Time to Clean Out Your Closets & Garages!

by Louise Coffey-Webb, Costume Committee Chair

Oscar-winning design - Culver City Historical Society

Summer is upon us and I, for one, am trying to clean out the quantities of “stuff” that seem to multiply mysteriously over the years in my garage. I unpack my summer clothes and look at them once more.

Do they still fit? Are they representative of who I am this year? Even though that garment used to be my absolute favorite – isn’t it a bit shabby after all these years?

All this evaluating got me thinking about the readers of this column and what you may have in your garage.

Might There Be Some MGM Auction Items Around?

Although I moved here from England over three decades ago, I was not here for the legendary MGM auction. I have worked at various museums where donors have come in from time to time with items they purchased at the auction saying “it seemed like a good idea at the time!”

And actually it was, because now those objects have been saved from obscurity (as well as Halloween and the grand kids dress-up!), and will be catalogued, researched and preserved for current and future generations to enjoy.

So I am wondering if any of you have items in your garage that may be of interest to the Culver City Historical Society? We are particularly interested in costumes that were acquired at the MGM auction, or other costumes that you may have held onto, because you mother or grandmother worked in the industry, or perhaps you yourself were an actor and held onto a favorite character you played.

CCHS ARC Donation Policy

The policy of the Culver City Historical Society Archives and Resource Center (ARC) states that it “will gratefully accept donations that relate to local history.” However, “the Society reserves the right to decline donations deemed inappropriate to the enhancement of the collection.”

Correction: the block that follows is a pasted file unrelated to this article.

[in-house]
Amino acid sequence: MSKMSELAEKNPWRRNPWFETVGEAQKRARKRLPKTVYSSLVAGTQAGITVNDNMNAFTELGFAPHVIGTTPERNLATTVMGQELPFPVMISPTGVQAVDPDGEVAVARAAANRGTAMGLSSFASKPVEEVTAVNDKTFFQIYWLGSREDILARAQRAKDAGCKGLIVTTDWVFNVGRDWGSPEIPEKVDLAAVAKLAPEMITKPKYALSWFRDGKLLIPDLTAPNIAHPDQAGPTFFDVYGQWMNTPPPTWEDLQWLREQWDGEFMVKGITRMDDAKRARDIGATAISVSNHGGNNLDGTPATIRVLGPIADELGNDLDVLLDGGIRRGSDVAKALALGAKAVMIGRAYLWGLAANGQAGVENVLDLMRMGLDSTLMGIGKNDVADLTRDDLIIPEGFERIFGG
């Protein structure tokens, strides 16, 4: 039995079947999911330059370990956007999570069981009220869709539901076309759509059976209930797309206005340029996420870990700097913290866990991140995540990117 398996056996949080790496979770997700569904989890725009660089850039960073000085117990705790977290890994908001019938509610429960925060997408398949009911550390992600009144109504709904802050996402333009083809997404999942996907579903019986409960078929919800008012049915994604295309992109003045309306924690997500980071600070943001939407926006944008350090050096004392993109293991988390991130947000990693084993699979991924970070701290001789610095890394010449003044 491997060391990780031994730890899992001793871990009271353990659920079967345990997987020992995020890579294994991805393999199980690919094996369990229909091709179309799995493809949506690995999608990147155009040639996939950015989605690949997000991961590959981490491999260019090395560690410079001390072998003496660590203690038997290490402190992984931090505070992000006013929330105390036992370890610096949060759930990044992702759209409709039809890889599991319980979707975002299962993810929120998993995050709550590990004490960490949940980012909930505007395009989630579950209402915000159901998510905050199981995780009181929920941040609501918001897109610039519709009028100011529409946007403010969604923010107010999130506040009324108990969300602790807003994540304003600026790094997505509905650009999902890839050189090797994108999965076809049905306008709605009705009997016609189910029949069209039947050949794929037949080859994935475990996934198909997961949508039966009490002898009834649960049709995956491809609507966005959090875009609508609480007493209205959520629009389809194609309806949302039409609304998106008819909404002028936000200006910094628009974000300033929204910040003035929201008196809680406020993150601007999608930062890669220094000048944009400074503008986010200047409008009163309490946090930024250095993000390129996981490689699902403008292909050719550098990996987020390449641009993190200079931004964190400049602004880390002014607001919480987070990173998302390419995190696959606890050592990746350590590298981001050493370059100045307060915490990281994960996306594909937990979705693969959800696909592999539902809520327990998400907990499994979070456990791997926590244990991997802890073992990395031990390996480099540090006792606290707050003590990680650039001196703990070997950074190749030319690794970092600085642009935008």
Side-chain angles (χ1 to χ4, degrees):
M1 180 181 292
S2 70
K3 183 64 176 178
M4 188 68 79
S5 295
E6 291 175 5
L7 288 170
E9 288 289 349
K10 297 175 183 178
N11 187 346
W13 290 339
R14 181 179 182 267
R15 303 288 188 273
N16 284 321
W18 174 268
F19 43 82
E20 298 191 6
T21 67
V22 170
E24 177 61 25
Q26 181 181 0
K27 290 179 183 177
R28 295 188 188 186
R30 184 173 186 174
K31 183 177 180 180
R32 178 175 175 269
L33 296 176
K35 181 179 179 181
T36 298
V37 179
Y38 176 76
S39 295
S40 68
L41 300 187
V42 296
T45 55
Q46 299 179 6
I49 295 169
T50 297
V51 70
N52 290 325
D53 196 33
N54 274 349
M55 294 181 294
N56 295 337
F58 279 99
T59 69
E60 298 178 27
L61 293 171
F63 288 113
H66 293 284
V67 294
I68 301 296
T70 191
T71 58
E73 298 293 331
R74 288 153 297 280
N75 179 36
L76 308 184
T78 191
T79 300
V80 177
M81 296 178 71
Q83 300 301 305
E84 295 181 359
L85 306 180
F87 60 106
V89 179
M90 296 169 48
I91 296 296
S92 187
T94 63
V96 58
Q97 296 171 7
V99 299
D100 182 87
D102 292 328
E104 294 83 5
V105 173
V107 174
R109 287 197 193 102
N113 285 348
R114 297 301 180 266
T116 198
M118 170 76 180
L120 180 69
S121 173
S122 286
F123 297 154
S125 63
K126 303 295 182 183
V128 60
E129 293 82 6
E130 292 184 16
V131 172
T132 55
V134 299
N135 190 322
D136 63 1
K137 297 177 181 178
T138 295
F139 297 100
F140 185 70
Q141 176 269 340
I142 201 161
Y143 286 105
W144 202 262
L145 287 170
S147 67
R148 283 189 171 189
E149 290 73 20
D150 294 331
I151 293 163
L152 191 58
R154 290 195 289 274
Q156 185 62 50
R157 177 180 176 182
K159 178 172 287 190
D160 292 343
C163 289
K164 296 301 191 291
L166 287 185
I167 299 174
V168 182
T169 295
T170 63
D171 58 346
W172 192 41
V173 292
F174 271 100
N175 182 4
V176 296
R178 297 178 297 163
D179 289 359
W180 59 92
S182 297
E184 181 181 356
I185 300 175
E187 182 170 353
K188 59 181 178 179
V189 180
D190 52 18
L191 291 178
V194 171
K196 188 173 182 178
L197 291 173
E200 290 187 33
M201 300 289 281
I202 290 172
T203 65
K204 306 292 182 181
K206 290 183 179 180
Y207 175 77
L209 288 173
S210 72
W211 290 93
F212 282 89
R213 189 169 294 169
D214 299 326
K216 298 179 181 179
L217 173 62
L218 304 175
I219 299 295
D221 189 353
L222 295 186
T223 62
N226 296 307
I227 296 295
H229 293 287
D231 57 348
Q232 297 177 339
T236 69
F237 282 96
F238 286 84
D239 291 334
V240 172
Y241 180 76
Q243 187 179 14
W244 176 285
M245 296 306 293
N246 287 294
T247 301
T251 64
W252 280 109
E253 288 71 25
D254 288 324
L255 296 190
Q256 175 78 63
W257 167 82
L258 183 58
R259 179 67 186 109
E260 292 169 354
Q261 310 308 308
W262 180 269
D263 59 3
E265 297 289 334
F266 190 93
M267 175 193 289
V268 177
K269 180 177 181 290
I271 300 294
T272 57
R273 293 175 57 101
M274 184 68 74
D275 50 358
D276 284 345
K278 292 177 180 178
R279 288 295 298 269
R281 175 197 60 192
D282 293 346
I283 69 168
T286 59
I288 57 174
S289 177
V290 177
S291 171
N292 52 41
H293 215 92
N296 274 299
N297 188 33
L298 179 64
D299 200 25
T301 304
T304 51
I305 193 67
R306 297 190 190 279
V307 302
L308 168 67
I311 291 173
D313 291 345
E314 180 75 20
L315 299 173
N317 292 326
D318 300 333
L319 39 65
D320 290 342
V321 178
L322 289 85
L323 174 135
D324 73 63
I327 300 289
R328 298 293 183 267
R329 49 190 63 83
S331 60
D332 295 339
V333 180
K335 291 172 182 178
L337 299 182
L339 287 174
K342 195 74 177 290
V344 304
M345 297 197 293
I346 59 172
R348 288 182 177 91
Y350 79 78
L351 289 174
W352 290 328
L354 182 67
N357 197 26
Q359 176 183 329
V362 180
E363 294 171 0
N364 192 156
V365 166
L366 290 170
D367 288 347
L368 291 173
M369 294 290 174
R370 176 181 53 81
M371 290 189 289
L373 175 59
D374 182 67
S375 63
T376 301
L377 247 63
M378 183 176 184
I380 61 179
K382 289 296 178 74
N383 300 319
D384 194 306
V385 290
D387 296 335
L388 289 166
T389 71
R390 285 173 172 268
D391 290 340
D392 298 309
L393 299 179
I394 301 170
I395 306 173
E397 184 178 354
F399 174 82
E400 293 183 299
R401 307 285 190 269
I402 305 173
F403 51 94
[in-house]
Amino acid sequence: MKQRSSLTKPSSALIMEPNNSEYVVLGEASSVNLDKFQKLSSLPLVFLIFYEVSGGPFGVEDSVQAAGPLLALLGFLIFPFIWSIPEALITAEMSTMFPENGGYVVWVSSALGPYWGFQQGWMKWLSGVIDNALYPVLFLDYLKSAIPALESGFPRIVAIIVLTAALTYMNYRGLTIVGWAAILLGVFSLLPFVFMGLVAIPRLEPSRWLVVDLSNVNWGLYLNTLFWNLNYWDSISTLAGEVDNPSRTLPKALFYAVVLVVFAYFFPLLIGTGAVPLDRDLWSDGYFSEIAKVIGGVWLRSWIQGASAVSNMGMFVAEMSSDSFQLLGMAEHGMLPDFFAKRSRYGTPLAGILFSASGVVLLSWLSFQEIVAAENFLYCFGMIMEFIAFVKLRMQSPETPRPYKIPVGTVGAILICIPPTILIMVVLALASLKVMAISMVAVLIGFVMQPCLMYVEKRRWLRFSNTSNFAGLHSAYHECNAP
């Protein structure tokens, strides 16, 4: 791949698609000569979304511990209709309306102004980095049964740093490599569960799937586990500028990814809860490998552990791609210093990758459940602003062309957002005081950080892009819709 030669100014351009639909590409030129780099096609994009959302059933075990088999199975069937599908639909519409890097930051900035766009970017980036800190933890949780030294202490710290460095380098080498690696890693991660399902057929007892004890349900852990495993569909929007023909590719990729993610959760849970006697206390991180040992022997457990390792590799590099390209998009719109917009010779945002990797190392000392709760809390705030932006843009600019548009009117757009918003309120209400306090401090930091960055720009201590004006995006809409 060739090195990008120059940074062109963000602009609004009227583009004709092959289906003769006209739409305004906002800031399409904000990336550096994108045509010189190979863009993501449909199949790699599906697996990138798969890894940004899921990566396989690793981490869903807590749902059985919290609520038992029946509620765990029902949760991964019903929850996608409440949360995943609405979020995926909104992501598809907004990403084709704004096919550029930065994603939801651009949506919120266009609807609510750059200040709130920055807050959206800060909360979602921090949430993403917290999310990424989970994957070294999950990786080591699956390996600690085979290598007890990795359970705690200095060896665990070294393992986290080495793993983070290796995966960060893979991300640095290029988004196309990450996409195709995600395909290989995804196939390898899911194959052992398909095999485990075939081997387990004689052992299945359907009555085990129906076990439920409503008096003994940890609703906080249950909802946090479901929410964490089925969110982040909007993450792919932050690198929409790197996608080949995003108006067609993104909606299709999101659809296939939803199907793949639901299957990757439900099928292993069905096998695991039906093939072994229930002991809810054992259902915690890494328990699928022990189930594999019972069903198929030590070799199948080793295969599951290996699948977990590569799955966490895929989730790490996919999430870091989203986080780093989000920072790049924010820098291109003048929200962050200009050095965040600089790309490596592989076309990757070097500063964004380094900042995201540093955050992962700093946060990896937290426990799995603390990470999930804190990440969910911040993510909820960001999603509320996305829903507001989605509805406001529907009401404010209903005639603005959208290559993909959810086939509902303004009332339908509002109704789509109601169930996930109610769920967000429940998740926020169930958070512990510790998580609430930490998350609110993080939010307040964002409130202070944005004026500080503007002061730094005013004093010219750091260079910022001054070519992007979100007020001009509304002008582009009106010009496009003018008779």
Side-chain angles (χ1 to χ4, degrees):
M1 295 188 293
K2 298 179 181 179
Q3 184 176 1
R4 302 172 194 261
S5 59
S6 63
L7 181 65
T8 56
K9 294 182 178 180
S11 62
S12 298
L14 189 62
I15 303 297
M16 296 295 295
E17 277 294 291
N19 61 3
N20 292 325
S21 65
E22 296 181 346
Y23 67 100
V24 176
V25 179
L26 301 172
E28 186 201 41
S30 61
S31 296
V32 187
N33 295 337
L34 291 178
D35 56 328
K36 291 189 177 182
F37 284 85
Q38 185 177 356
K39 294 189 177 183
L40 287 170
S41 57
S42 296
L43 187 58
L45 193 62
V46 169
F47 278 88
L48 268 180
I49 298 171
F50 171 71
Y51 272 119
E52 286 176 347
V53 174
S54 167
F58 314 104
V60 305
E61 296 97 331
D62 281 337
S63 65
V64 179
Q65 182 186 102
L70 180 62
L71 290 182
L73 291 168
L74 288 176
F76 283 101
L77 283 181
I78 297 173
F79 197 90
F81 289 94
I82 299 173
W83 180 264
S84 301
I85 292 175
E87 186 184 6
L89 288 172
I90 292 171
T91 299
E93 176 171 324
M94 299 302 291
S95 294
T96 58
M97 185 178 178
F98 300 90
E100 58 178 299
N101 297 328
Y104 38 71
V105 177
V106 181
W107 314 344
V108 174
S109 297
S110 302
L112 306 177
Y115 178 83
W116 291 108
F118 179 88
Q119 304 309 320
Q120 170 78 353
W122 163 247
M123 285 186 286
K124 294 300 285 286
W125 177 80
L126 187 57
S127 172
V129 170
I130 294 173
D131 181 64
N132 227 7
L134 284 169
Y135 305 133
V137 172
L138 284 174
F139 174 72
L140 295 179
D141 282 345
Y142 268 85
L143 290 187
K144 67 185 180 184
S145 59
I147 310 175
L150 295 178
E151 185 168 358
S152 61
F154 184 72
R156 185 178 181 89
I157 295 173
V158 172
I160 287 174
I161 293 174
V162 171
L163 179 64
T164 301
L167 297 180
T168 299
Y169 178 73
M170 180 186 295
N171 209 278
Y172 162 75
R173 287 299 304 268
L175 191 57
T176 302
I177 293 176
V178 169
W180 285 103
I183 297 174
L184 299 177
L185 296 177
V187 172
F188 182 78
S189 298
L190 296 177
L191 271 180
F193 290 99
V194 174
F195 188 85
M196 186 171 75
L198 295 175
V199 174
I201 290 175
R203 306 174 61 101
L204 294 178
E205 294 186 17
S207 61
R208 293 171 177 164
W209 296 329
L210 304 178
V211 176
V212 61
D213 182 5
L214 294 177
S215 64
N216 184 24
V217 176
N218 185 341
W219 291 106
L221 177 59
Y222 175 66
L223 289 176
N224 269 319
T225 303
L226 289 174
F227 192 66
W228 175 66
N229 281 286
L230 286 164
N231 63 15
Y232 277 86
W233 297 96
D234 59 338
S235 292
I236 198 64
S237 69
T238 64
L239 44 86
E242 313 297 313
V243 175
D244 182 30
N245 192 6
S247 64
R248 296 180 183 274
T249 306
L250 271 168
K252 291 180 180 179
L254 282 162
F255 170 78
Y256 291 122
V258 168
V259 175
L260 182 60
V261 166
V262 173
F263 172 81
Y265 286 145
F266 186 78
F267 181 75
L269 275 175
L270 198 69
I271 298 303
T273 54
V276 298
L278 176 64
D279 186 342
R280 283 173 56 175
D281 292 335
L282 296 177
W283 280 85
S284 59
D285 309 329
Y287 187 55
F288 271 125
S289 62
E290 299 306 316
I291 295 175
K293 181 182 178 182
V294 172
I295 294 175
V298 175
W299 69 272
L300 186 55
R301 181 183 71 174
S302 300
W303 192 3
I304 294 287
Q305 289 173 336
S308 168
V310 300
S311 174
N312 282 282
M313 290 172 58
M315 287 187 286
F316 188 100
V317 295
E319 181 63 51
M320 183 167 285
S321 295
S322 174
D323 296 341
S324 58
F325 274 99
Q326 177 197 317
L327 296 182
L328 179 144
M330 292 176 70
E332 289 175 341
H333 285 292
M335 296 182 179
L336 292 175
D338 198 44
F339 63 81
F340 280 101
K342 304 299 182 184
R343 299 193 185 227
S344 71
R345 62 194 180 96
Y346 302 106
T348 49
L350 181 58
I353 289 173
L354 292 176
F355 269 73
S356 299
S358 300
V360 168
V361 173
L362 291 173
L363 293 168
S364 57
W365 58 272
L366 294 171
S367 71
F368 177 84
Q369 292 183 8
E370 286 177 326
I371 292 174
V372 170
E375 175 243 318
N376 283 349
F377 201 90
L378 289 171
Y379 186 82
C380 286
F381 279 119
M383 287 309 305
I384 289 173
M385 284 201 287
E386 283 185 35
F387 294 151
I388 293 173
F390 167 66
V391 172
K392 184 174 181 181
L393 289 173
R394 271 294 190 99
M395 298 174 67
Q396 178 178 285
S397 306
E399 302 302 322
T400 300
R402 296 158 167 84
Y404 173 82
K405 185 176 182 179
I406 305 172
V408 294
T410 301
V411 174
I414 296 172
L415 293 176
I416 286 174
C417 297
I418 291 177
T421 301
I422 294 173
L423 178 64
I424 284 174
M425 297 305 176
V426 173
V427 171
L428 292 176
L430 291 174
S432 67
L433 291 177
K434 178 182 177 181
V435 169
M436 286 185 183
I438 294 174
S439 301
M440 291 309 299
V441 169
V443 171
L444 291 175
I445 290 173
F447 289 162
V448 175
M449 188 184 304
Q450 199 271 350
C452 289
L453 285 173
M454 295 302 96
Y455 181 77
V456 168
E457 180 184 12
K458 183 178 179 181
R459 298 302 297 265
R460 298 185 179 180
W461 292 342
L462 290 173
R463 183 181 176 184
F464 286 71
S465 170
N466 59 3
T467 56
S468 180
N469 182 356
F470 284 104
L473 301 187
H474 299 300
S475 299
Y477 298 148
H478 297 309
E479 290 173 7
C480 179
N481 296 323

Each donor will receive an official letter of acknowledgement stating the CCHS is a charitable non-profit 501(c)3 organization, with our tax identification number listed along with an inventory or description of the donation.

As it is considered a conflict of interest for the CCHS to appraise your donation, please speak with your accountant about valuing your donation. The IRS often changes such details and sums under which donations need not have an official appraisal, which is why I advise professional advice in such situations.

Academy Award Winner

Here is a photo of a costume that was donated by Ann Bein to the Woodbury Fashion Study Collection, from the MGM auction. It is from the 1962 musical The Wonderful World of the Brothers Grimm starring Laurence Harvey & an all-star cast, and it won a costume Oscar for Mary Wills.

Again, be reminded that costumes and other film artifacts should be pertinent to the local history of Culver City as well as having connections to our three majors and the minor studios which make us the “Heart of Screenland.”

Now, I wonder what you will discover in your “summer” cleaning…

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Costumes Spring 2010

by Louise Coffey-Webb, Costume Committee Chair


March 6th was a red-letter day for the costume collection at the Archives & Research Center (ARC), because it was the day that we finally completed the re-boxing of all 70-odd costumes from the famous MGM studio auction in 1970!